Baby boomers and millennials may use different leadership styles and cope differently in business and in life, but the interaction of both can deliver some key benefits.
According to the United States Census Bureau, by 2030, all baby boomers will be 65 years of age or older. With an estimated 73 million, this generation has been dubbed the “gray tsunami,” and most should be retiring over the next five to 10 years. As a proud boomer, I hope to eventually join my peers in retirement.
At the same time, more than one-in-three American labor force participants (35 percent) are millennials, making them the largest generation in the U.S. labor force according to a Pew Research Center analysis of U.S. Census Bureau data. They are a much maligned group, yet we cannot ignore the tidal wave that they represent in the work force.
As leadership teams transition and as my retirement looms over the horizon, I often reflect on the finish line and what that will look like for me. Lately, too, I have been checking off ambitious and adventuresome “must do’s” on my bucket list which begs the question: Am I watching my youth slip away into old age or am I ready for a big change in the current course I am on? How about you?
Most of my peers have been work-centric, often deferring important and meaningful personal events and activities to continue climbing that seemingly endless ladder of success. It seems that, as leaders, we are always “on,” sending and replying to work issues no matter what time of day or night. While we boomers might have bulldozed our way to the top, millennials choose how they want to carve out their path, and it is often based on achieving workplace balance.
Millennials try to establish personal and professional lives concurrently. They bring fresh energy to the workplace that includes a greater range of technology know-how, a focus on achieving career balance, and greater inclusivity and teamwork. They also seek more frequent feedback and conversations with the leadership team.
Let’s face it – two generations may involve different leadership styles, motivational opportunities and tech savvy, but the interaction of both can deliver some key benefits. In his article entitled “Why Baby Boomers and Millennials Make Great Teams,” Nathaniel Koloc explains the different energy that both generations bring to the workplace. “Millennial energy is about potential,” says Koloc. They are digital natives, intensely focused across a range of tasks, seek mentors at work, and want the world to become a better place for themselves and their families. On the other hand, the core of boomer energy, according to Koloc, is experience. They bring decades of knowledge about building and maintaining client relationships, evaluating and delivering complex projects, and hiring and retaining good talent, among other key business tasks.
Will we cope differently in business and in life? No doubt about it. Each generation differs in how it copes with the competition, changes in the marketplace, leadership styles, client relationships, teambuilding, and growing and diversifying their business prospects and projects. However, understanding and embracing these generational differences offers some great learning experiences for us all. Learning how to achieve greater balance in our lives can enable us to collaborate more powerfully. In the past, much of what we accomplished professionally was based on individual effort. Today, there are interdisciplinary activities in the workforce that involve diverse teams and teamwork, and millennials embrace both.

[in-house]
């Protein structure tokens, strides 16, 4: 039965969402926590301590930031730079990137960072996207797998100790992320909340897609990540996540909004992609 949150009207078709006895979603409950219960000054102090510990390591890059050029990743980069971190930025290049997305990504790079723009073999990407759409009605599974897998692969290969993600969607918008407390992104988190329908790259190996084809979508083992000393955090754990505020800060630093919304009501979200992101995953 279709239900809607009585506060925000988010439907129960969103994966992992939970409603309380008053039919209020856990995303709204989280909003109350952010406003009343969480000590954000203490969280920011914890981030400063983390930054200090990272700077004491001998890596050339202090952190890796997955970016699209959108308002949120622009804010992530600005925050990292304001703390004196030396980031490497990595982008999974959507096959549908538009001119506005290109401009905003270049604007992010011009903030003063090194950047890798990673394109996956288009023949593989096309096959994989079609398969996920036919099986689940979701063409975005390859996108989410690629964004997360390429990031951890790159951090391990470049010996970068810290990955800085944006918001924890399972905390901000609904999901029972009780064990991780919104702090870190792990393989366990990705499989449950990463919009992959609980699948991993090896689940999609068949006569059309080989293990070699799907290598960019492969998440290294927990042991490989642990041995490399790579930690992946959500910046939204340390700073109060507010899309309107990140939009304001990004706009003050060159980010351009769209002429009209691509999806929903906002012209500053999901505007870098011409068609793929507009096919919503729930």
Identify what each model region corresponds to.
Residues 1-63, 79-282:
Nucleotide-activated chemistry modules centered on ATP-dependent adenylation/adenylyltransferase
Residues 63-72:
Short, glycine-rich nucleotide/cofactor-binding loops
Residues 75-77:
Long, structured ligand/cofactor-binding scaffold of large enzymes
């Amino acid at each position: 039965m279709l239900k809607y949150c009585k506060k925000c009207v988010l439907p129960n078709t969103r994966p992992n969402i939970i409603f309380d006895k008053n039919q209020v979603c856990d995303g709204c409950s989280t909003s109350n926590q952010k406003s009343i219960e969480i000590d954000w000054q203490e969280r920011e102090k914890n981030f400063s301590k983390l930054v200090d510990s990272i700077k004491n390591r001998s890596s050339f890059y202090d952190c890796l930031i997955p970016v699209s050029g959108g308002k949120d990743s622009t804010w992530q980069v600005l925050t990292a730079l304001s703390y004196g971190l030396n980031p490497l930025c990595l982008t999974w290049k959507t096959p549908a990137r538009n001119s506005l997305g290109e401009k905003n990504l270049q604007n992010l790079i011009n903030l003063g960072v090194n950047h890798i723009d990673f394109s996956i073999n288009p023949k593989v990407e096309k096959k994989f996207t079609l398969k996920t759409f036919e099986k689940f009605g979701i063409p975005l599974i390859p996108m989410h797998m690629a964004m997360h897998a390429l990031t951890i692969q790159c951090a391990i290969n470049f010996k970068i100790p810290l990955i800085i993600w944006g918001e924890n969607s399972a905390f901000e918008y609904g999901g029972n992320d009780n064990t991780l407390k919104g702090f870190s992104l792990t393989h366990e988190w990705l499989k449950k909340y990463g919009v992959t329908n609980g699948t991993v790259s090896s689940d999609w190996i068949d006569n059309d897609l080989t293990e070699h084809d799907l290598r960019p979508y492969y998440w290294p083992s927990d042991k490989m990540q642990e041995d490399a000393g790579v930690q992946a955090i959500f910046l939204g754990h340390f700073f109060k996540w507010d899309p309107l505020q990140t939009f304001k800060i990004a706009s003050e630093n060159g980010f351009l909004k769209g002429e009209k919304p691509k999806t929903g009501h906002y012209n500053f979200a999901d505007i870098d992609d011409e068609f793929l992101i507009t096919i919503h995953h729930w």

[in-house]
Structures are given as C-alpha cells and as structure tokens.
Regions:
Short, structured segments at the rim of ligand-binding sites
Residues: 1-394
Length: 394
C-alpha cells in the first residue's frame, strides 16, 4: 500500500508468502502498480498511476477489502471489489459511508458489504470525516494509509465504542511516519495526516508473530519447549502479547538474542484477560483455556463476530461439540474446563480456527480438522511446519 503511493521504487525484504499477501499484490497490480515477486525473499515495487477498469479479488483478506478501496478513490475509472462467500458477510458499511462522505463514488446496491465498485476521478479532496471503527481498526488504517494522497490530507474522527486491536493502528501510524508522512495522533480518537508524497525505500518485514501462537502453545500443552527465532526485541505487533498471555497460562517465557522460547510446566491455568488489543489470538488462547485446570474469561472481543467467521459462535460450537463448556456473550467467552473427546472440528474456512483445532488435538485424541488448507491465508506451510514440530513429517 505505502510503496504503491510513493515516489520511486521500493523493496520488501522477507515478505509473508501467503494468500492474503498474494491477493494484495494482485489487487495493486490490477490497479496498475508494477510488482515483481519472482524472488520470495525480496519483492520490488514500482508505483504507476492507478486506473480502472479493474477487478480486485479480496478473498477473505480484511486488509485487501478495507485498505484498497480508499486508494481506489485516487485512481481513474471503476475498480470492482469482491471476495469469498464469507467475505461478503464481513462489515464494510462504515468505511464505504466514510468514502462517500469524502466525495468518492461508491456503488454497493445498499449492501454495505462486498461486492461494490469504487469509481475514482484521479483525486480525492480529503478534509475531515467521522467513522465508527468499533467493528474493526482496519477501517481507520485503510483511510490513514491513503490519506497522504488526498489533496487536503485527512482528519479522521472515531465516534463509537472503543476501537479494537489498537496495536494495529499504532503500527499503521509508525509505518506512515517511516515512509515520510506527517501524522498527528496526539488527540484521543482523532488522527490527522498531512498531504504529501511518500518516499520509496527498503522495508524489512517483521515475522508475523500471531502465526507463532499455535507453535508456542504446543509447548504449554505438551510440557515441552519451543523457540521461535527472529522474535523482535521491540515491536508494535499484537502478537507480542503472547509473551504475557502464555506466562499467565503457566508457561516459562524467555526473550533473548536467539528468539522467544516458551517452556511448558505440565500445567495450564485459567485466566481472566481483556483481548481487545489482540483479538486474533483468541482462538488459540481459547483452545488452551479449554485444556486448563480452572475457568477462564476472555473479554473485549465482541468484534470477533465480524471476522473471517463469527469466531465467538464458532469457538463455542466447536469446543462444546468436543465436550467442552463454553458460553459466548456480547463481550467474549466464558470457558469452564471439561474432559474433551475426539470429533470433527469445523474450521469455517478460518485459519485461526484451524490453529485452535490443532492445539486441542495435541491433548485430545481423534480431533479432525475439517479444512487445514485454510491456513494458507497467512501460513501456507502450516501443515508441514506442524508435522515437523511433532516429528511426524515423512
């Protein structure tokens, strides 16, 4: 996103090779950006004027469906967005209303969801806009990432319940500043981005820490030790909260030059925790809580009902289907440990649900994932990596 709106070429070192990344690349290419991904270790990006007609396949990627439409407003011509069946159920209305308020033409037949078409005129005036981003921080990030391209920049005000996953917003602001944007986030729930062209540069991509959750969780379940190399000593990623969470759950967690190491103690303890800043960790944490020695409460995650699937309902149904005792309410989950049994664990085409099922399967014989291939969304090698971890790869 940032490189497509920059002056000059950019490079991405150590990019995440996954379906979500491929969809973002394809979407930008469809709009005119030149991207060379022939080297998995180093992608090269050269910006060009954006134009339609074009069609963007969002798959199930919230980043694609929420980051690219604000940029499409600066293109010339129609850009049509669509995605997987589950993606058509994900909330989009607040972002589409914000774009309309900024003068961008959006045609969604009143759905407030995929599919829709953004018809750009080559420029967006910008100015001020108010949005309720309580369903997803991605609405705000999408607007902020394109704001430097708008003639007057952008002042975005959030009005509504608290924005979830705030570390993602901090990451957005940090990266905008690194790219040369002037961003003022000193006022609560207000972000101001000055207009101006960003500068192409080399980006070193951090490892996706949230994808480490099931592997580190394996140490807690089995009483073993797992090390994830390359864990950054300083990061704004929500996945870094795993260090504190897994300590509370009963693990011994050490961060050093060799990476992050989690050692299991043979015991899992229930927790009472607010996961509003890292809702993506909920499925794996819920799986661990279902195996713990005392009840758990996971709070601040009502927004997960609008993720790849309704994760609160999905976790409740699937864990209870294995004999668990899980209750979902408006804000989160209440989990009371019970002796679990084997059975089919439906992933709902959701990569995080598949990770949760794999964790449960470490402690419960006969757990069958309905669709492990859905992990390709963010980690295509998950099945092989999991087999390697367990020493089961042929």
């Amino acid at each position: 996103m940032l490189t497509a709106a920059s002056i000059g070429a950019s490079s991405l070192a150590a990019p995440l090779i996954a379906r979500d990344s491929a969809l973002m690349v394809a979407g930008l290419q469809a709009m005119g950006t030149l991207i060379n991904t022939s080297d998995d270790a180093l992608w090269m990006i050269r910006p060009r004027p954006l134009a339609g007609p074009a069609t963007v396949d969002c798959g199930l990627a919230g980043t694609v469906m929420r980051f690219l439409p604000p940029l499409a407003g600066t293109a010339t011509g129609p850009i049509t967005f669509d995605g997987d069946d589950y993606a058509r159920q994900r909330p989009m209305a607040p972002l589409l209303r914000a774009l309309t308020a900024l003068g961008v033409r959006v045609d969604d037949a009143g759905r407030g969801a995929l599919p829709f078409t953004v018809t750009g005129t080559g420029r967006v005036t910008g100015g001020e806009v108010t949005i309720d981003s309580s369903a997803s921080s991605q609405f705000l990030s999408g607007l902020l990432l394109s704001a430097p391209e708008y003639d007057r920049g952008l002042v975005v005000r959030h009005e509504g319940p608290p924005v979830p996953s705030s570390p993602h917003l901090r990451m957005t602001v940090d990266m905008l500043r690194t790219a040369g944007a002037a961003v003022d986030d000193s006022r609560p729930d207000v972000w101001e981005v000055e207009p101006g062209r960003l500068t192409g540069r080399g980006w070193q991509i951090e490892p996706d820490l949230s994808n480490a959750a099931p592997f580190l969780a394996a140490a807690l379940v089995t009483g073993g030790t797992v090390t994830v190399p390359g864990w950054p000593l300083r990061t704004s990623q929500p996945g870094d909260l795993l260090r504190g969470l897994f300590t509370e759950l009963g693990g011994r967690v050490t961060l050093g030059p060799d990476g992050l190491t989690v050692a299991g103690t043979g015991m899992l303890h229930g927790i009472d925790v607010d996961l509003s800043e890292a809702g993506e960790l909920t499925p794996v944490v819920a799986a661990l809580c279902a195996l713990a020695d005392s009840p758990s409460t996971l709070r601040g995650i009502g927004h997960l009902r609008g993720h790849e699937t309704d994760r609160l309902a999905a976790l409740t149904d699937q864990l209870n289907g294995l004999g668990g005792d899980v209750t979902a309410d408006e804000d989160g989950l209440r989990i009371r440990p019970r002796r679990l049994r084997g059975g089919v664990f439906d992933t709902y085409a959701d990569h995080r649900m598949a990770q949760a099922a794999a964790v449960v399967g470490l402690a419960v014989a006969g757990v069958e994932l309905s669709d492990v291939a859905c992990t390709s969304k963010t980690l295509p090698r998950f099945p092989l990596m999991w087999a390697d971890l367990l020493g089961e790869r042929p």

For those leaders who are aware of their agreed-upon exit strategy, now is the time to reflect and neither panic nor regret that we are “aging out.” We must become comfortable with transitioning our roles and responsibilities while another generation assumes them. That is part of the challenge and growth in the long run. And, part of the excitement about the future of our firms and our industry.
In an article entitled “A Radical New Way to Work with your Millennial Employees,” author Kasey Hickey comments that millennials “are extraordinary multi-taskers, community-oriented, entrepreneurial, highly educated, and connected with their families. And they are optimistic, too, despite the troubling times they have witnessed.” He goes on to add that, “A commitment to coaching is one of the best ways you can lead a millennial-strong workforce.”
Type A leaders are not always good about letting go, especially knowing that they no longer control the future of a firm. That is probably why encore coaching and mentoring has become so popular. Relinquishing control seems a little bit easier when we can still offer our “two cents” worth of wisdom and advice. As Hickey admits, “You might not be ready to change your title from CEO to ‘coach’ but internalizing the differences between these two leadership approaches could make a huge difference.”
Whether or not future generations accept our advice or insights really does not matter. As long as both generations understand the give-and-take that comes with making leadership transitions, baby boomers will succeed in passing the baton, and millennials will succeed in carrying and valuing their new roles and responsibilities. The potential for a win-win for everyone is there if we just embrace the beneficial attributes of each generation.
Stephen Lucy is CEO of JQ with offices in Austin, Dallas, Fort Worth, Houston, Lubbock and San Antonio, Texas. Contact him at firstname.lastname@example.org.Click here to read this issue of The Zweig Letter.